Garden Journals for The Digital Age

On Friday I talked about my favorite garden journal, which is a decidedly old fashioned paper journal.

But few folks actually write anymore. In fact, friends of ours tell a story about their grandson who couldn’t distribute the packages under their Christmas tree because he couldn’t read the tags, which were written in that most archaic of languages, “cursive.”  I’m still marveling at that.

So if some of us would prefer to keep digital records of the garden, that’s certainly possible. Our phones date stamp everything (never mind “geo-tagging” it, unless we have that feature turned off) so we would know the approximate date we bought it (presuming that we took the photo on the date we bought it.)

Subsequent photos of bloom and foliage would also be date stamped so we could see those dates as well.

And there are plenty of online places to post our photos and to create our online digital garden album, from Pinterest to Instagram to the places that actually let you print the photos and create an actual album like Shutterfly.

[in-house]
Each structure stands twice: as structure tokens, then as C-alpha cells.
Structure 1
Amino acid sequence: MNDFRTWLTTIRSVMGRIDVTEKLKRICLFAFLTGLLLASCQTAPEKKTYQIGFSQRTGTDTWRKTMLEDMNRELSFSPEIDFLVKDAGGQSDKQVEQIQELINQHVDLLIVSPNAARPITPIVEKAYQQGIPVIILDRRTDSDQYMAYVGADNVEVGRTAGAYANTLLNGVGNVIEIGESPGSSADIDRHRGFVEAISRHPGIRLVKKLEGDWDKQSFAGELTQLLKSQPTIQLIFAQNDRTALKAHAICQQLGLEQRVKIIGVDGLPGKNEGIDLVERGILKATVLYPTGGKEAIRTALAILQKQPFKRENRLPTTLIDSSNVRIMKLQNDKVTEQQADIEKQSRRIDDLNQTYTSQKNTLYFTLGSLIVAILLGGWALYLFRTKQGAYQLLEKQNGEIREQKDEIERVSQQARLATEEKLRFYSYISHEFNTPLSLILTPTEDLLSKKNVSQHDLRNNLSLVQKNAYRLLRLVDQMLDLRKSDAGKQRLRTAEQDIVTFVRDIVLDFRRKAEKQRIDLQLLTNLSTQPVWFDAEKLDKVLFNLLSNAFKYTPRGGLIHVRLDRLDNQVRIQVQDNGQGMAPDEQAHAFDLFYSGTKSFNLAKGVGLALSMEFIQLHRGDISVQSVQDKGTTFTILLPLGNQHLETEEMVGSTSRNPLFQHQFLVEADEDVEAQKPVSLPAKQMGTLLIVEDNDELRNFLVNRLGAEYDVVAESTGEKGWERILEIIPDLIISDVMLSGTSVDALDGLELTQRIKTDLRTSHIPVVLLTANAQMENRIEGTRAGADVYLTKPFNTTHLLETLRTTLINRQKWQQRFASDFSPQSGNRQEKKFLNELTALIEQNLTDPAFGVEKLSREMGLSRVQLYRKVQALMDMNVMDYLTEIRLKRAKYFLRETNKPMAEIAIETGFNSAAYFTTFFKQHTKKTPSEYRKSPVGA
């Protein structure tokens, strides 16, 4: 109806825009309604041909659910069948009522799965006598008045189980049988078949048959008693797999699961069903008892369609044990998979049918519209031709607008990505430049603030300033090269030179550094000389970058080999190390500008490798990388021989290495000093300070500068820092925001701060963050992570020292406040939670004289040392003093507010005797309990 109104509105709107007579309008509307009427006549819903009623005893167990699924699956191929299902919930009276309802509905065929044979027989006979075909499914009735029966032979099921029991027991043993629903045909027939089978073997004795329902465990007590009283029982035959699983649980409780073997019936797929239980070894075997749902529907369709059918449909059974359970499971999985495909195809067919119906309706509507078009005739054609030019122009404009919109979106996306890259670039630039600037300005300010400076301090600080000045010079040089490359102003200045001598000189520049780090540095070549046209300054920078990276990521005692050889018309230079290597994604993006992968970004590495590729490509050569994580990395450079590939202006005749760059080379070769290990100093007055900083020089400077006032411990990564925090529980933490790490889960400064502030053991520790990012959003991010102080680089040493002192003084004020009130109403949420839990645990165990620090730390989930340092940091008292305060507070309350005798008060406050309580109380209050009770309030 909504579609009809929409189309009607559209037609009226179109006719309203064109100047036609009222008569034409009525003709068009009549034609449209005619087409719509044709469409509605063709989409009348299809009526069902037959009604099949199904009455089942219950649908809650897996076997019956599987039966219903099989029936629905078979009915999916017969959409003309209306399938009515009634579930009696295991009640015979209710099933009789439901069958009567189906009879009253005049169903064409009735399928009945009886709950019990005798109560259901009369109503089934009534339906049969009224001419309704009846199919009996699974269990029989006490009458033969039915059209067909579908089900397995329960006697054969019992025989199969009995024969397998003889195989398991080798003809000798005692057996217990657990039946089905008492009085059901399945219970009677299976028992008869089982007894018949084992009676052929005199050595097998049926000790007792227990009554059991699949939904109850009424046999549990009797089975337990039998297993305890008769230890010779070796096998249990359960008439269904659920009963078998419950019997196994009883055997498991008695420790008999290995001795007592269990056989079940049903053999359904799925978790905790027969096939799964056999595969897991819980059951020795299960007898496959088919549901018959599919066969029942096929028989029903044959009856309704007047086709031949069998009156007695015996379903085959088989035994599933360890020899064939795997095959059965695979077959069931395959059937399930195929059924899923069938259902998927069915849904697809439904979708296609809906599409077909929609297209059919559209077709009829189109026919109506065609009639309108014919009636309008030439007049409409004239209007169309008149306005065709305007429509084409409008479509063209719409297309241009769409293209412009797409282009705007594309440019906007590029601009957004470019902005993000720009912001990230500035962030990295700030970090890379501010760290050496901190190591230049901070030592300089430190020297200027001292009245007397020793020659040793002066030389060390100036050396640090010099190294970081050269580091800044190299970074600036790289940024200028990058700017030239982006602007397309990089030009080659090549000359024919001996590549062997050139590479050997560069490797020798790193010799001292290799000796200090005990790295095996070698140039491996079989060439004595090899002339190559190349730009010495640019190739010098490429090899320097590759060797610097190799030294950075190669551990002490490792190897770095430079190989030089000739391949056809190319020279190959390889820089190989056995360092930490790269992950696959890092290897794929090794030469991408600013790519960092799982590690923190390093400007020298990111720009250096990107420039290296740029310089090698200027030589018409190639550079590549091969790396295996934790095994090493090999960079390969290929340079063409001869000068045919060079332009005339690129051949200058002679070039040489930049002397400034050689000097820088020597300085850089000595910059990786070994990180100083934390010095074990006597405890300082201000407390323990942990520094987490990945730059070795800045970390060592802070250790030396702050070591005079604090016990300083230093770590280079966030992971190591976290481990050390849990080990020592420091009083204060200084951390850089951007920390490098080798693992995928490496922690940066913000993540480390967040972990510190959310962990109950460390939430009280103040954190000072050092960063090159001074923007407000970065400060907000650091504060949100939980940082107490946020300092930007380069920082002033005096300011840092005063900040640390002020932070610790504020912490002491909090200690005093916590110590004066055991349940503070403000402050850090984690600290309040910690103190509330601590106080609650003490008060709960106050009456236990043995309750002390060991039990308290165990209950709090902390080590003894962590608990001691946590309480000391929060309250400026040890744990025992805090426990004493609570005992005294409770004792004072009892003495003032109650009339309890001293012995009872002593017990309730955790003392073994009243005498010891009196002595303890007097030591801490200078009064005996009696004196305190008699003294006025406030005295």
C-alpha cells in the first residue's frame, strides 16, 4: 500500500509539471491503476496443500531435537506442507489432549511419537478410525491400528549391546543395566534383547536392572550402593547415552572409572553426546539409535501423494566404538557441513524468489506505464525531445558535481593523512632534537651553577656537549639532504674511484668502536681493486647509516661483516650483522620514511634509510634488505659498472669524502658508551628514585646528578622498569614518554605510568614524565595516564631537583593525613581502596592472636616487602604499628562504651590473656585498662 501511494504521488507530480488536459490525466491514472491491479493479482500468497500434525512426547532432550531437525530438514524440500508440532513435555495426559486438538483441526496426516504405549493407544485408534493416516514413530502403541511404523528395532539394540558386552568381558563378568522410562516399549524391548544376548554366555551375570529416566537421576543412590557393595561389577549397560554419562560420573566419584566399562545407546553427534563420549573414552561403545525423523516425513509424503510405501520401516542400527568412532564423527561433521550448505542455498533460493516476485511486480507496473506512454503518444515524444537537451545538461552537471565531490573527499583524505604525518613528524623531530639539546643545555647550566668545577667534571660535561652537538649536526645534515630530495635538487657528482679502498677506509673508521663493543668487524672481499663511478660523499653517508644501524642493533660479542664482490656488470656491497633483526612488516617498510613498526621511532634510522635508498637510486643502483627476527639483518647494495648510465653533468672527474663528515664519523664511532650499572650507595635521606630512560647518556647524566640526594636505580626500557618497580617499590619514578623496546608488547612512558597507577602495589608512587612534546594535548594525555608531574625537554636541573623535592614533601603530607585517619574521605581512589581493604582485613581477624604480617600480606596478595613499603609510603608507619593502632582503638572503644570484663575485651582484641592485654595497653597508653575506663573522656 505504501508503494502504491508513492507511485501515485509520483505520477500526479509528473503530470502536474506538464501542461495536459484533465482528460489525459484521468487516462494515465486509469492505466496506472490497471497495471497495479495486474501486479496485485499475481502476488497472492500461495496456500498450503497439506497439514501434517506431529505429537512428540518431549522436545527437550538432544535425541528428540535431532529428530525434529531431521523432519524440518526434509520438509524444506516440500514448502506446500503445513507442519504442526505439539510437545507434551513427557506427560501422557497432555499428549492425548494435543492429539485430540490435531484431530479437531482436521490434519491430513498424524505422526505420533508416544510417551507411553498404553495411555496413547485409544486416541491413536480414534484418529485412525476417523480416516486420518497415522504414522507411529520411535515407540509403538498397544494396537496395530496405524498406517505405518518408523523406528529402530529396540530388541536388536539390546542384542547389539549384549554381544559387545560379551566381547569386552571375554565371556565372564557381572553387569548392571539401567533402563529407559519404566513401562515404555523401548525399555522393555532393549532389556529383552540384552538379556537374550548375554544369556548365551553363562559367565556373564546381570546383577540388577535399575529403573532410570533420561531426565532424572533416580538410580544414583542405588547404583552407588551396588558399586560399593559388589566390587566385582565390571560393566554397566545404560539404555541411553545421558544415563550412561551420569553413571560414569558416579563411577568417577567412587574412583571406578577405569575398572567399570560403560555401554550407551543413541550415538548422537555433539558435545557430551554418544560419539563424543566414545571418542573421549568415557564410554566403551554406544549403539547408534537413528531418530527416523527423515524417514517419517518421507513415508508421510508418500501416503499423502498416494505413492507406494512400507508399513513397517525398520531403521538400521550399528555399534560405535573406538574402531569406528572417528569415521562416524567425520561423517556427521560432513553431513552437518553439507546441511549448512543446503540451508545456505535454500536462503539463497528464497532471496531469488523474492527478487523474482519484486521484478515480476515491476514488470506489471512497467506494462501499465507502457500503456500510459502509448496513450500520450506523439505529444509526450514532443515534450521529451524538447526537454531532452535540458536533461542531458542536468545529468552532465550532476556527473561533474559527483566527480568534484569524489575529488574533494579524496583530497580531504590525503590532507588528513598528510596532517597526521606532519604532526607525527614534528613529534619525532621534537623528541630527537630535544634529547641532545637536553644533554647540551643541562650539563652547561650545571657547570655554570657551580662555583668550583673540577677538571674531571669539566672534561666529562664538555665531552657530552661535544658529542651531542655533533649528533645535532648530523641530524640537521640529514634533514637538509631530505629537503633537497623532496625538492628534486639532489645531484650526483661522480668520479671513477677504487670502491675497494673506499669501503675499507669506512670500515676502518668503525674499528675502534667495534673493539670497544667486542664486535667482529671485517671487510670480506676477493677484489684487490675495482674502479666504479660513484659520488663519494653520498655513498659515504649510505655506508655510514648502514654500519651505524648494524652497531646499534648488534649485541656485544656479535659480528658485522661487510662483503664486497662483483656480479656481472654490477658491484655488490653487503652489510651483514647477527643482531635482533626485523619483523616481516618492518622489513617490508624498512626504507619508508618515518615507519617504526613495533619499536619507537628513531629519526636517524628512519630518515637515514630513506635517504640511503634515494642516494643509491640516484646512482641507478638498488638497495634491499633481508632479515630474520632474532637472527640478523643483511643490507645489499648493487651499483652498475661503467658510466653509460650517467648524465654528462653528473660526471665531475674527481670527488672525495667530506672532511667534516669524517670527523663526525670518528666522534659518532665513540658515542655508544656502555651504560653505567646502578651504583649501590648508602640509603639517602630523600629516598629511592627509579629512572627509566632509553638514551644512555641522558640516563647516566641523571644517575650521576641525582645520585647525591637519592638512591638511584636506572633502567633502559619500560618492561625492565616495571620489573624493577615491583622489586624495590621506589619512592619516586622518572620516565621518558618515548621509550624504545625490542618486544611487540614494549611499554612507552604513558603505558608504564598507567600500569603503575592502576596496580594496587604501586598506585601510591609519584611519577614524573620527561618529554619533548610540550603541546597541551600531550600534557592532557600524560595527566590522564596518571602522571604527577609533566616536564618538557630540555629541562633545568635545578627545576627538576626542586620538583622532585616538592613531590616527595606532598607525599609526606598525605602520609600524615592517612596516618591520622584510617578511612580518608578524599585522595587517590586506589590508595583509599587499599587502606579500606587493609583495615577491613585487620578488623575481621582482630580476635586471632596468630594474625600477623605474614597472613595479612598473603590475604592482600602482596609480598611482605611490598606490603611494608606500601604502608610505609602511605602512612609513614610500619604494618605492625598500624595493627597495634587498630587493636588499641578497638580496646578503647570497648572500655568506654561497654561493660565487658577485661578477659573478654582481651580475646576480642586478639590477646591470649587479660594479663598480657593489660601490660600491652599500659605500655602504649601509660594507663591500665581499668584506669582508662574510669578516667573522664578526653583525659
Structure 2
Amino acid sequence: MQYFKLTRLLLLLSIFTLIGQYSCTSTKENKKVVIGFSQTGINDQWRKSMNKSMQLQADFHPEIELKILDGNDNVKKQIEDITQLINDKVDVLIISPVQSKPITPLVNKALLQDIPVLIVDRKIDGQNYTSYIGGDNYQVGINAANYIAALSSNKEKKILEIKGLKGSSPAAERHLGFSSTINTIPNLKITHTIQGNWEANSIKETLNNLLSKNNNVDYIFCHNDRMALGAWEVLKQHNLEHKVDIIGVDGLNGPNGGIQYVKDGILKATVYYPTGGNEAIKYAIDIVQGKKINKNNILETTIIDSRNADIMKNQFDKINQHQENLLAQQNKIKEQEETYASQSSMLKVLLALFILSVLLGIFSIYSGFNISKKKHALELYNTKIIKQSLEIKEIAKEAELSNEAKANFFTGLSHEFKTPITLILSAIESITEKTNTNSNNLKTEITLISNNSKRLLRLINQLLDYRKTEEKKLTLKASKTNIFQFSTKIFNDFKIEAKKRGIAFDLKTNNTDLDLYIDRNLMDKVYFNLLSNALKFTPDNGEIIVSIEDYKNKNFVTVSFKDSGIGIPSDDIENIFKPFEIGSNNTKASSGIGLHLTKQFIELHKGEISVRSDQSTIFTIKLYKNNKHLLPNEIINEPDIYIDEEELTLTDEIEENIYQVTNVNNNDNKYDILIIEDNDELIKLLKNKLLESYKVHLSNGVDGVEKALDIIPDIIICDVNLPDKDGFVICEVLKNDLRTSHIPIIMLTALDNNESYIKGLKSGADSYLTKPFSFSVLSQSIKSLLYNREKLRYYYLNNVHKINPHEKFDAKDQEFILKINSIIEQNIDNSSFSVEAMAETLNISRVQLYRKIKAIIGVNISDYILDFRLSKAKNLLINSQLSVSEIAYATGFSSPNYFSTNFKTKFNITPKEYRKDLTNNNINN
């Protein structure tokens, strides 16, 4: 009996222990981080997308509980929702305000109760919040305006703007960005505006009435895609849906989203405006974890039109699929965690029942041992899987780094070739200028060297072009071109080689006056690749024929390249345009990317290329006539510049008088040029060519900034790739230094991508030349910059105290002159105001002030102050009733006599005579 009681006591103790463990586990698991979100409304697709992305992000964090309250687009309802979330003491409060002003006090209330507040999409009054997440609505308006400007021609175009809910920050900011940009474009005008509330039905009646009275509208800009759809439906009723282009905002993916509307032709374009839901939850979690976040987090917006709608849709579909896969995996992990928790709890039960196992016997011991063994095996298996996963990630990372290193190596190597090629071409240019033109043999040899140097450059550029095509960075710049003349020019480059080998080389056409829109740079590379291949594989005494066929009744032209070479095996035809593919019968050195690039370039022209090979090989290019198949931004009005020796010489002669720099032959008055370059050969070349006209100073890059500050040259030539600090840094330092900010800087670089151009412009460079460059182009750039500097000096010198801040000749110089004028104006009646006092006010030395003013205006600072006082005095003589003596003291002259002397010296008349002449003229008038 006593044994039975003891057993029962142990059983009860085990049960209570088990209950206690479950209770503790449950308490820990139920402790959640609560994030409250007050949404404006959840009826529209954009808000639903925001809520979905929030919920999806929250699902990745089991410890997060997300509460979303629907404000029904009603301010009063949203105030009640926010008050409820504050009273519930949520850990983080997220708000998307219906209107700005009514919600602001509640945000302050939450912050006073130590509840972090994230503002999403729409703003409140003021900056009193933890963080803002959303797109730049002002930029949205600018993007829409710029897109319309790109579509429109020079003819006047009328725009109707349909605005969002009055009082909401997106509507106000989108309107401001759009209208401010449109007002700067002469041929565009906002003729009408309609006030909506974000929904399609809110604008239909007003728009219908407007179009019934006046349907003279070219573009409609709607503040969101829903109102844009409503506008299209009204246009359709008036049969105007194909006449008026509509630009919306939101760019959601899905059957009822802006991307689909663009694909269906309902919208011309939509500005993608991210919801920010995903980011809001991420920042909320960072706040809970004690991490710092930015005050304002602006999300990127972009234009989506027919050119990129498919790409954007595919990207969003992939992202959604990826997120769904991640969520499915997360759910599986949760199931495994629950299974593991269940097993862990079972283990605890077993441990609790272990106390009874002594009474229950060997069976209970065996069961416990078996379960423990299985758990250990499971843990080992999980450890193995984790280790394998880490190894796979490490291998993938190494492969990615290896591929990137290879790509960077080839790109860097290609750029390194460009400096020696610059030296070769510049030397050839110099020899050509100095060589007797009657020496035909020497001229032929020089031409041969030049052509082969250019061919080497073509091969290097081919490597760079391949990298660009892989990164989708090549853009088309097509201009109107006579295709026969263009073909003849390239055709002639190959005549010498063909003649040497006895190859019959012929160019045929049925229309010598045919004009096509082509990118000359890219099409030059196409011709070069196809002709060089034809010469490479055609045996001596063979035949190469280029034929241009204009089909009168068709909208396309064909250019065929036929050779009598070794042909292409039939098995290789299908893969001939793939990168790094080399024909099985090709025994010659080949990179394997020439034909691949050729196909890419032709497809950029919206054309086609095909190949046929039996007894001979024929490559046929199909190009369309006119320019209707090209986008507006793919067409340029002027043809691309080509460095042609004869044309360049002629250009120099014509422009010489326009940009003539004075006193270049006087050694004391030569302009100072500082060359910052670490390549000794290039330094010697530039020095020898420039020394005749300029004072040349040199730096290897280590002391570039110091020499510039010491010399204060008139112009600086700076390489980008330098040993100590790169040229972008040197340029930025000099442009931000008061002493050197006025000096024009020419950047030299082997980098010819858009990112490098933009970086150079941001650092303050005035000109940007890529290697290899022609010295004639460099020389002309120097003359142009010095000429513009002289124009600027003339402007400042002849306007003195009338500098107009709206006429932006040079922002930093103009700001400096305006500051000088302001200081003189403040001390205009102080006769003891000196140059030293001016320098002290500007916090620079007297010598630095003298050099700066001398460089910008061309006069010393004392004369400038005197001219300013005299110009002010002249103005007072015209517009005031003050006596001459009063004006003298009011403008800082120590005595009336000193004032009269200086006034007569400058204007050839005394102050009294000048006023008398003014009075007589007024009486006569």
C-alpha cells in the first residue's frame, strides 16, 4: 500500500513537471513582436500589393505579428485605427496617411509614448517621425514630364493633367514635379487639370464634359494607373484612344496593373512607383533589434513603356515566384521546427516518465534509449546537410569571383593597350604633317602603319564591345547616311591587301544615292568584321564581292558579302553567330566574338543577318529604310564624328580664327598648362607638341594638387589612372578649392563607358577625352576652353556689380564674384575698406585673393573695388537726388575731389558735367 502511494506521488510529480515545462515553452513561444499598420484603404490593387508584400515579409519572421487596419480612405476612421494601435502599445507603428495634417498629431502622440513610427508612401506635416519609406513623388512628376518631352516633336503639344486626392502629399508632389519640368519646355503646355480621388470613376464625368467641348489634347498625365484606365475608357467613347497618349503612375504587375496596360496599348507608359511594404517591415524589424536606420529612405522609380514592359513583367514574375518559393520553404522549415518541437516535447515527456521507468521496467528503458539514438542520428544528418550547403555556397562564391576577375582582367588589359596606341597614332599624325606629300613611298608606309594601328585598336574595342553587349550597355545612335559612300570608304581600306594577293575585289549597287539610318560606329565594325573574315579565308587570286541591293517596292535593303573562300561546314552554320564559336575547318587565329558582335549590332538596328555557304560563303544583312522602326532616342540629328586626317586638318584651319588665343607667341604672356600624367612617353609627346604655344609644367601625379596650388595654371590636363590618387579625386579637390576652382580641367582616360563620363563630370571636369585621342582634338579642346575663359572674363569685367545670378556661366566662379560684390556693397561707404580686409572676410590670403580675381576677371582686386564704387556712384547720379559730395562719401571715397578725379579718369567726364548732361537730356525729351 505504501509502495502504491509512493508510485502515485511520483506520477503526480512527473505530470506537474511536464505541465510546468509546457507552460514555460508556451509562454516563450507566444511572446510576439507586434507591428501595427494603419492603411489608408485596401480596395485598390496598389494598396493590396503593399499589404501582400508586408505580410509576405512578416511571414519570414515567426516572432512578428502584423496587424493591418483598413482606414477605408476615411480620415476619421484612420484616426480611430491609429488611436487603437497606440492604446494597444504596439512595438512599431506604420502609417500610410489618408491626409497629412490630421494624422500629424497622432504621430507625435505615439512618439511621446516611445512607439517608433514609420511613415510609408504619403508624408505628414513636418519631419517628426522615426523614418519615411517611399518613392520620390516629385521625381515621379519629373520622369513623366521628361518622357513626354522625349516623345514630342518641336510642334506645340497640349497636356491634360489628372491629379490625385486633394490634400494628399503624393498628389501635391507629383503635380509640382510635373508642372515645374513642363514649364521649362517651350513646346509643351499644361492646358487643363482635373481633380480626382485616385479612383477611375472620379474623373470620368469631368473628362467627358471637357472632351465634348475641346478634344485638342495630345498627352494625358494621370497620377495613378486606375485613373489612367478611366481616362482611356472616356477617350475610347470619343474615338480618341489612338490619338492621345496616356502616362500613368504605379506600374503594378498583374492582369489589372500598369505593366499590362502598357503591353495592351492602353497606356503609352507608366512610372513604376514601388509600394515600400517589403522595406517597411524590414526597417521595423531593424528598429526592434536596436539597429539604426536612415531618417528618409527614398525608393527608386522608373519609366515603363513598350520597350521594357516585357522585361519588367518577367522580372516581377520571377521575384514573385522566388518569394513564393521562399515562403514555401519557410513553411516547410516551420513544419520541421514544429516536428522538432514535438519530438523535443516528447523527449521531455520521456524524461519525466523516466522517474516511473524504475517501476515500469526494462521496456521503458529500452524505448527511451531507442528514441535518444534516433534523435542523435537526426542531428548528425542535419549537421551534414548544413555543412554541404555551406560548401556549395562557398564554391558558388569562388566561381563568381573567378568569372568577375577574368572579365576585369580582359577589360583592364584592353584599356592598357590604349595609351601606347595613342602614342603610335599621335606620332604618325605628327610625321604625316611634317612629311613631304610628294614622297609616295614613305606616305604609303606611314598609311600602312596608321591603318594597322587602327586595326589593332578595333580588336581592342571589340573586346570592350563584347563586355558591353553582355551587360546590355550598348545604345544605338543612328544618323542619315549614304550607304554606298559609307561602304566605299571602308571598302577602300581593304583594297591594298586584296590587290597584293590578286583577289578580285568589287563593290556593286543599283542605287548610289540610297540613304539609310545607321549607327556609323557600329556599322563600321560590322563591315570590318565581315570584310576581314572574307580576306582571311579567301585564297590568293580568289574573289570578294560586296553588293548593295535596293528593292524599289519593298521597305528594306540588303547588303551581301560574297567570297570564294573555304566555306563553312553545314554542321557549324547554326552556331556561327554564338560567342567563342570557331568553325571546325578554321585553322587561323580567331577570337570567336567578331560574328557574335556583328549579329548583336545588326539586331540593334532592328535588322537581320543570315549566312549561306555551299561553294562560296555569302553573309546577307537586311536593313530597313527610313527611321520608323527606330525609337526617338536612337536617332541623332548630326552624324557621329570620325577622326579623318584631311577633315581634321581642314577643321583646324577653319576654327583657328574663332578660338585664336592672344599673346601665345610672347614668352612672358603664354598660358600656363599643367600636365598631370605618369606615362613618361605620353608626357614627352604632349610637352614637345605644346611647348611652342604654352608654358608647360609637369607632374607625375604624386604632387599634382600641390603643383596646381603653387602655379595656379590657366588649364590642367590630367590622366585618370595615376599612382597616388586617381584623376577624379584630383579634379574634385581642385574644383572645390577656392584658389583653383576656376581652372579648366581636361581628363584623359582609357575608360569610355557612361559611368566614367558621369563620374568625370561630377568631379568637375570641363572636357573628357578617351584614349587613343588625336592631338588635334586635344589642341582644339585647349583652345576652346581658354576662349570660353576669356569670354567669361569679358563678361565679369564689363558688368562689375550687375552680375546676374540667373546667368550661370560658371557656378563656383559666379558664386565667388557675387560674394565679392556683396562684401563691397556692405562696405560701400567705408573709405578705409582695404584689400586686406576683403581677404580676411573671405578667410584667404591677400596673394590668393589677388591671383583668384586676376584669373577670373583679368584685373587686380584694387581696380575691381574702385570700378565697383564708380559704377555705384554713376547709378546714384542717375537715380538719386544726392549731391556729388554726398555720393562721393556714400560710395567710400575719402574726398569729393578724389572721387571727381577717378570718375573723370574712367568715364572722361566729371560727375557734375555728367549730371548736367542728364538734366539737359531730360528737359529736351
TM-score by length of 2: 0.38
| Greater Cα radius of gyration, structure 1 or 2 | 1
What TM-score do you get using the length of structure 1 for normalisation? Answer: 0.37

Or you could merely store them on a flash drive.

The danger in all of that is that the photos would become like my plant tags thrown in a file or shoe box after awhile, of course–unless they are properly annotated, they just become a collection of pretty photos. And of course there’s nothing wrong with that, if that’s what you like–but it wouldn’t really be a “journal” or “record” in the sense that you had the proper names of plants so that you could know what varieties you had if you wanted to add more–or wanted to know what never to add again!

Again, a simple way to solve for that is to take a photo of the plant, and then its tag.  But that requires a lot more organization and discipline than most of us have!

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2 thoughts on “Garden Journals for The Digital Age

  1. Although I do take photos (and yes! they live on a flash drive, LOL) I also started a “digital directory” at Garden #3. It’s just a Word document in which I broke down the garden into named areas, such as “teak bench bed”, “chocolate garden”, etc., under which I listed each type of plant alphabetically. Also noted the mature size, appearance and culture notes, year planted, source, how many (if more than one)… and any followup comments from experience. And for any that subsequently died, I changed the black font color to red. 😉

  2. You are far ahead of me in terms of organization! At least your plants–or their names–live somewhere in a catagorized manner. (Or as I say in my lectures, “Do as I say, not as I do….”).
    There’s nothing wrong with any method of record keeping (including flash drives). Something is always better than nothing and you are doing far more than “nothing!”

    Thanks so much for reading and commenting!

    Karla

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